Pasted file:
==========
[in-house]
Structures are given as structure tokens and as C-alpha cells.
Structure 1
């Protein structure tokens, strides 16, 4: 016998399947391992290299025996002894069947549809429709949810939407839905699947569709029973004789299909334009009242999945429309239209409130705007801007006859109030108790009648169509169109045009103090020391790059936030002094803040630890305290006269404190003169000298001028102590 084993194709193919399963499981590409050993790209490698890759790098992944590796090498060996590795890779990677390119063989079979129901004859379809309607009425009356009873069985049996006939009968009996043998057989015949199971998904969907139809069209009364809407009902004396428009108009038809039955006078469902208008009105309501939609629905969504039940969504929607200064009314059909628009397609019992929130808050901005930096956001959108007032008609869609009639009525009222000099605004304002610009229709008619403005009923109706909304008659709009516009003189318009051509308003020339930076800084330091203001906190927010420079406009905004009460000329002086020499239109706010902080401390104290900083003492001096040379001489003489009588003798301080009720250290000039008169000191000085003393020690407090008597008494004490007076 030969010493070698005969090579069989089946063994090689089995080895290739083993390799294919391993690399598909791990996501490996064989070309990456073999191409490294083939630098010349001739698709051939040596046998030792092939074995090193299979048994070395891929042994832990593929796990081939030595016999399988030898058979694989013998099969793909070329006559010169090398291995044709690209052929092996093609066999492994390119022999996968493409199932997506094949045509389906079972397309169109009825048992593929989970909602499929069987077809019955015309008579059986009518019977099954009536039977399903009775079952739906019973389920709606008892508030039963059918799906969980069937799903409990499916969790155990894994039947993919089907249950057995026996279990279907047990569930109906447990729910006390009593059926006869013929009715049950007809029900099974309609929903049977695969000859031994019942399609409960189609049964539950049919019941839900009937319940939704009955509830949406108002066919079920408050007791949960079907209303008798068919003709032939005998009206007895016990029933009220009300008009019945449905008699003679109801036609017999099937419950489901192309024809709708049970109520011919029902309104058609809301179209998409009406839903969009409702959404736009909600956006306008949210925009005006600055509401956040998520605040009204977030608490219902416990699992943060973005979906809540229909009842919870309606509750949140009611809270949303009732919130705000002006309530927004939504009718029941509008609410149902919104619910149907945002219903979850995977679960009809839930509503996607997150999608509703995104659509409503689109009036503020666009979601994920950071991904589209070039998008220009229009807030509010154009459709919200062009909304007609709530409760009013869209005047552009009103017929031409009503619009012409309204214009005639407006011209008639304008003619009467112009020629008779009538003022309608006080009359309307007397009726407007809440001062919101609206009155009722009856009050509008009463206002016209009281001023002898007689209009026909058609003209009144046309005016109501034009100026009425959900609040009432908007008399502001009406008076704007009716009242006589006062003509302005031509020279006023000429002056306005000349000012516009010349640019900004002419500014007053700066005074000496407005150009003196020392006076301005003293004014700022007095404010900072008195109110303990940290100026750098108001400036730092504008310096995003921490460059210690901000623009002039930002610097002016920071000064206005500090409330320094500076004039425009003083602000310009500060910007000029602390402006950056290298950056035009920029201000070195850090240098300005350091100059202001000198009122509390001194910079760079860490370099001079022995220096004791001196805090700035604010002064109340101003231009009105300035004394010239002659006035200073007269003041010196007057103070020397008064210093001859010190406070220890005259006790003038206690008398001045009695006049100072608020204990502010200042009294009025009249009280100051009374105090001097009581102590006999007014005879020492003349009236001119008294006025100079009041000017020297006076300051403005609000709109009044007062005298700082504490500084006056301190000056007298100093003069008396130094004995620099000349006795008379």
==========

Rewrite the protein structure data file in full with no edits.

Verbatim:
[in-house]
Structures are given as structure tokens and as C-alpha cells.
Structure 1
């Protein structure tokens, strides 16, 4: 016998399947391992290299025996002894069947549809429709949810939407839905699947569709029973004789299909334009009242999945429309239209409130705007801007006859109030108790009648169509169109045009103090020391790059936030002094803040630890305290006269404190003169000298001028102590 084993194709193919399963499981590409050993790209490698890759790098992944590796090498060996590795890779990677390119063989079979129901004859379809309607009425009356009873069985049996006939009968009996043998057989015949199971998904969907139809069209009364809407009902004396428009108009038809039955006078469902208008009105309501939609629905969504039940969504929607200064009314059909628009397609019992929130808050901005930096956001959108007032008609869609009639009525009222000099605004304002610009229709008619403005009923109706909304008659709009516009003189318009051509308003020339930076800084330091203001906190927010420079406009905004009460000329002086020499239109706010902080401390104290900083003492001096040379001489003489009588003798301080009720250290000039008169000191000085003393020690407090008597008494004490007076 030969010493070698005969090579069989089946063994090689089995080895290739083993390799294919391993690399598909791990996501490996064989070309990456073999191409490294083939630098010349001739698709051939040596046998030792092939074995090193299979048994070395891929042994832990593929796990081939030595016999399988030898058979694989013998099969793909070329006559010169090398291995044709690209052929092996093609066999492994390119022999996968493409199932997506094949045509389906079972397309169109009825048992593929989970909602499929069987077809019955015309008579059986009518019977099954009536039977399903009775079952739906019973389920709606008892508030039963059918799906969980069937799903409990499916969790155990894994039947993919089907249950057995026996279990279907047990569930109906447990729910006390009593059926006869013929009715049950007809029900099974309609929903049977695969000859031994019942399609409960189609049964539950049919019941839900009937319940939704009955509830949406108002066919079920408050007791949960079907209303008798068919003709032939005998009206007895016990029933009220009300008009019945449905008699003679109801036609017999099937419950489901192309024809709708049970109520011919029902309104058609809301179209998409009406839903969009409702959404736009909600956006306008949210925009005006600055509401956040998520605040009204977030608490219902416990699992943060973005979906809540229909009842919870309606509750949140009611809270949303009732919130705000002006309530927004939504009718029941509008609410149902919104619910149907945002219903979850995977679960009809839930509503996607997150999608509703995104659509409503689109009036503020666009979601994920950071991904589209070039998008220009229009807030509010154009459709919200062009909304007609709530409760009013869209005047552009009103017929031409009503619009012409309204214009005639407006011209008639304008003619009467112009020629008779009538003022309608006080009359309307007397009726407007809440001062919101609206009155009722009856009050509008009463206002016209009281001023002898007689209009026909058609003209009144046309005016109501034009100026009425959900609040009432908007008399502001009406008076704007009716009242006589006062003509302005031509020279006023000429002056306005000349000012516009010349640019900004002419500014007053700066005074000496407005150009003196020392006076301005003293004014700022007095404010900072008195109110303990940290100026750098108001400036730092504008310096995003921490460059210690901000623009002039930002610097002016920071000064206005500090409330320094500076004039425009003083602000310009500060910007000029602390402006950056290298950056035009920029201000070195850090240098300005350091100059202001000198009122509390001194910079760079860490370099001079022995220096004791001196805090700035604010002064109340101003231009009105300035004394010239002659006035200073007269003041010196007057103070020397008064210093001859010190406070220890005259006790003038206690008398001045009695006049100072608020204990502010200042009294009025009249009280100051009374105090001097009581102590006999007014005879020492003349009236001119008294006025100079009041000017020297006076300051403005609000709109009044007062005298700082504490500084006056301190000056007298100093003069008396130094004995620099000349006795008379």